This tip is the extension of Tip 3 to its natural conclusion. Tip 3 guides the investigator to always have adequate data to draw sound conclusions. Tip 6 challenges the investigator to use the data wisely and reason through the problem completely. A few simple tools make this a straightforward process.
Hypotheses, theories, and guesses are never part of effective problem solving. (They are useful in deciding on possible solutions, but only after the cause has been identified.) It might seem on the surface that Holmes' rejection of theory formation (i.e., hypotheses) is in conflict with the Scientific Method, but it isn't. The basic outline of the Scientific Method is:
Divergent thinkers spend too little time conducting research before starting to formulate hypotheses about the root causes. These investigators develop an exhaustive list of possibilities, all of which require testing. By shortening or omitting the research step and immediately formulating dozens or hundreds of root cause hypotheses to test, today’s most common problem solving processes have strayed from the Scientific Method. The greater the number of hypotheses that must be tested, the longer it takes to find the first root cause, and the lower is the probability that an investigator will find all the root causes.
Holmes' convergent method of reasoning backwards focuses on conducting research, making observations, and gathering data from the situation. Holmes' deductions, based on his observations, are his hypotheses. His theories always fit the facts he has observed without any bias. Holmes' "Observe, then Deduce" methodology is the approach that remains true to the Scientific Method.
Writing straightens thinking, and thinking straightens writing. Presenting a summary of the situation to another person, whether verbally or on paper, requires the investigator to consolidate all the data, which leads to additional insight and better understanding.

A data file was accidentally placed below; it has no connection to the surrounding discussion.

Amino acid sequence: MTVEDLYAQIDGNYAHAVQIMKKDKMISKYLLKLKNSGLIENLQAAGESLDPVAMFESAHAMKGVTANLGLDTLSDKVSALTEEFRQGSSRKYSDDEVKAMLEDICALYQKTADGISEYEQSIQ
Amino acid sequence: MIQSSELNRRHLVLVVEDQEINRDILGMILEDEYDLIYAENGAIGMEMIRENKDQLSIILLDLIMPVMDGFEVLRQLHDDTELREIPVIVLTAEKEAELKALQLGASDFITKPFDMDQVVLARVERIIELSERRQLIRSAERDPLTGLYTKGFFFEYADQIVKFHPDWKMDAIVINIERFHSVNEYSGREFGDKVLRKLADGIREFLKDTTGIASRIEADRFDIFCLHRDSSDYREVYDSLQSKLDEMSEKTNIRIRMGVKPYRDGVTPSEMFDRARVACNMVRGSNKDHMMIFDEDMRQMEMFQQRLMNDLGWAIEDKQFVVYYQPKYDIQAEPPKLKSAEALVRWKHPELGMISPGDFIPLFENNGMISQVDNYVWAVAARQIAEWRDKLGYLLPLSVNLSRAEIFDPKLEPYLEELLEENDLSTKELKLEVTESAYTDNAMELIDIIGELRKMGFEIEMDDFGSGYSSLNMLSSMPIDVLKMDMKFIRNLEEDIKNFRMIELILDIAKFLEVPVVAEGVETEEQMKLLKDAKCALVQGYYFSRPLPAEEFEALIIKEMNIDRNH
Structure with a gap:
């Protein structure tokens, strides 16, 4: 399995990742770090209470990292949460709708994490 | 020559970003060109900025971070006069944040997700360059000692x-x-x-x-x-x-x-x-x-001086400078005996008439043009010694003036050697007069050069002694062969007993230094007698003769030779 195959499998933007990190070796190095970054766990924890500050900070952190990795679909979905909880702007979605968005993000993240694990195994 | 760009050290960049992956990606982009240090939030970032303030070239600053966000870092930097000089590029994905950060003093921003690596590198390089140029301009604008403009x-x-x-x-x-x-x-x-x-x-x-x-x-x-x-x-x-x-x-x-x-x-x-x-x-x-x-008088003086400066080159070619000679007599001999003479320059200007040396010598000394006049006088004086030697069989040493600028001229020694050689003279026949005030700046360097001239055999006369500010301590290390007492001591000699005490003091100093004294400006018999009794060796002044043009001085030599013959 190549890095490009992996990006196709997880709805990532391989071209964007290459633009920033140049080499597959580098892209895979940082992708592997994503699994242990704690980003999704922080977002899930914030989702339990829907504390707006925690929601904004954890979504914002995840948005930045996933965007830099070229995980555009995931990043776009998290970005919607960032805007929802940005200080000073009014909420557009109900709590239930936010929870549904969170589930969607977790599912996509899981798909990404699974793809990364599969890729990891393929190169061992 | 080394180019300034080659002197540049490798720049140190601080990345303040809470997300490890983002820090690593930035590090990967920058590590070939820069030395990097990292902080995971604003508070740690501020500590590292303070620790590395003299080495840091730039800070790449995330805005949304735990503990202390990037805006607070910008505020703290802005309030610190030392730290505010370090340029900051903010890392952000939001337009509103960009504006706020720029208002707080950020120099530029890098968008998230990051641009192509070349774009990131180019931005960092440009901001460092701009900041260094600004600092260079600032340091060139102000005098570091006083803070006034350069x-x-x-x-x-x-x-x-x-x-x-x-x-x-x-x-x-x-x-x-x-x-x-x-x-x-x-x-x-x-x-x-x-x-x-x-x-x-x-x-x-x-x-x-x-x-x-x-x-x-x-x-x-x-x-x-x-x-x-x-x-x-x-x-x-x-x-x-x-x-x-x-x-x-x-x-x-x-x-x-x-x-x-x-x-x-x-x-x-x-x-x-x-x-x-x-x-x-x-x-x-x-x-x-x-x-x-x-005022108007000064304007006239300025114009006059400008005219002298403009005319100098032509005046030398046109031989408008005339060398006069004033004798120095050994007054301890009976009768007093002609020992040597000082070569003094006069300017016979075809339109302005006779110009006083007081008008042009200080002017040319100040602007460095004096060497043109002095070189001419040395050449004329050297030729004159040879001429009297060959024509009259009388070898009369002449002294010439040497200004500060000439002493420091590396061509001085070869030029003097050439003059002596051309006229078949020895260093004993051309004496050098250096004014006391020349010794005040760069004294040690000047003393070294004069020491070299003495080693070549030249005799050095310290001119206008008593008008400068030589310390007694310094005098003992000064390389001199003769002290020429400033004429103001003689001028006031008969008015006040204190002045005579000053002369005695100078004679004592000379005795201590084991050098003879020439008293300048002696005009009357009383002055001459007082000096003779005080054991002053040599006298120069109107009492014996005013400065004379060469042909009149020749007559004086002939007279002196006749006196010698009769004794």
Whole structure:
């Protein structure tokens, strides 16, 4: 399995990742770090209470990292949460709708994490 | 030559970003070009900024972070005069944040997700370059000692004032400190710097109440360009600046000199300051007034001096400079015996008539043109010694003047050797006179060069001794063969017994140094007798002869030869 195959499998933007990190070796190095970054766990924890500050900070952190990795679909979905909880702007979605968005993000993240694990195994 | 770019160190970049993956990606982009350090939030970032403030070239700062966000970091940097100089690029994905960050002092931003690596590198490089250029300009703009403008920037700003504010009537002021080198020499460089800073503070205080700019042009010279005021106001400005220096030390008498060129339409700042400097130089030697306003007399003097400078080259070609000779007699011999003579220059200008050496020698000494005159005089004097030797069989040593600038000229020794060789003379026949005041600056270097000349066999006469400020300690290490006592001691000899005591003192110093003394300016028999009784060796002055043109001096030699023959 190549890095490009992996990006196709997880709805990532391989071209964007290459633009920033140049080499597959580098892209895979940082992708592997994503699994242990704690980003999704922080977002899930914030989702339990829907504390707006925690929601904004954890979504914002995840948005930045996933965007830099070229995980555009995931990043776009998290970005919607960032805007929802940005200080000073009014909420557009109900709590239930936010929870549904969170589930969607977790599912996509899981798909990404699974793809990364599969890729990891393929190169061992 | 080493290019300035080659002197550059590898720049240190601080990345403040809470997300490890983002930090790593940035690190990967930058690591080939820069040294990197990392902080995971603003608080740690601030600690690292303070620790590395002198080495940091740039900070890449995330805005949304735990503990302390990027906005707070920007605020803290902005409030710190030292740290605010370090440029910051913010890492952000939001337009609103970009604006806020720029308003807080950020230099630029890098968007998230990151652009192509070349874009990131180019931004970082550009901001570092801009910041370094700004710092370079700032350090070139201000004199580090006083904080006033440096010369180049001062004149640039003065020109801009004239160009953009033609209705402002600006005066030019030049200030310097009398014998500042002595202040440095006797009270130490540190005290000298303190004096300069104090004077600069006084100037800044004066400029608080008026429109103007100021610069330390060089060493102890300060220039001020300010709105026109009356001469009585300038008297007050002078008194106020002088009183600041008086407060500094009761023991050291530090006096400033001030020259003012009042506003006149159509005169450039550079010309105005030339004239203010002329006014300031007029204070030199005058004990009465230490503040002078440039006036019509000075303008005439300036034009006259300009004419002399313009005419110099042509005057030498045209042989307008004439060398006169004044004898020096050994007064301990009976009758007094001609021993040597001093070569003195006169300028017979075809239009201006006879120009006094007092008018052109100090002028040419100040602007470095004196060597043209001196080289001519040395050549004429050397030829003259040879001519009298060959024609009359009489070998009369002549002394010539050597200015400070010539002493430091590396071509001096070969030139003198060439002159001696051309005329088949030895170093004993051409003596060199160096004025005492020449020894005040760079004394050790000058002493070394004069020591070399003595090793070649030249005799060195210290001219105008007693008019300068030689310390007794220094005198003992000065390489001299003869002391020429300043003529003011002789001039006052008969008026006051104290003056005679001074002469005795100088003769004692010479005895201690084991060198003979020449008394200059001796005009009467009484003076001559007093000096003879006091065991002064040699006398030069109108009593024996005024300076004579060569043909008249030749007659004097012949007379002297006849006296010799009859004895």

This most famous tip from all the Sherlock Holmes’ stories perhaps best summarizes effective problem solving. Observe the situation. Look for patterns and consistent differences between the best performance and the worst performance. Eliminate any factor that is not consistently different. Any factors that remain, factors that are consistently different when a problem exists and when it doesn't, must be critical.
Holmes' caveat "no matter how improbable" is common in effective problem solving. The most critical root cause in most problems is often, even usually, something no one has ever suspected. No amount of hypothesizing root causes would ever have come up with it as a factor. This is the primary reason to "observe with an absolutely blank mind" and never to guess.
Observation, Deduction, Knowledge. Never guess. The natural tendency for most people is to brainstorm. Effective problem solvers resist this temptation. Apply Holmes' simple strategy to dramatically improve your problem solving skills. Observe what's different when the problem occurs, and when it doesn't. Look for consistent differences. Any factor that is not consistently different is not involved in the problem. Ignore it. Anything that is consistently different is involved in the problem in some way. It is a clue – pursue it. Use the clues to deduce the root cause or causes of the problem.
If you are in business, Young Associates can help you apply Holmes' proven approach by introducing hands-on tools based on his reasoning backwards strategy, tools that have worked for hundreds of companies worldwide. We can address a single project for you, or we can train and coach your people to master these techniques. We will also help you internalize the training when you feel it is appropriate. Our book, Reasoning Backwards: Sherlock Holmes' Guide to Effective Problem Solving teaches all these techniques and is a handy desk reference for all your employees that enables everyone to become an effective problem solver.
If your interest is education and teaching students how to be effective problem solvers before they leave school, then Reasoning Backwards: Sherlock Holmes' Guide to Effective Problem Solving provides students with strategies that will help them score better on standardized tests now, and will serve as a handy desk reference of problem solving techniques when they enter the workplace. Young Associates wants to for partnerships with corporations, foundations, schools, and non-profits that will introduce problem solving best practices to students and will benefit all involved. To explore partnership possibilities, please contact Young Associates at (989) 492-2029 or by email at firstname.lastname@example.org.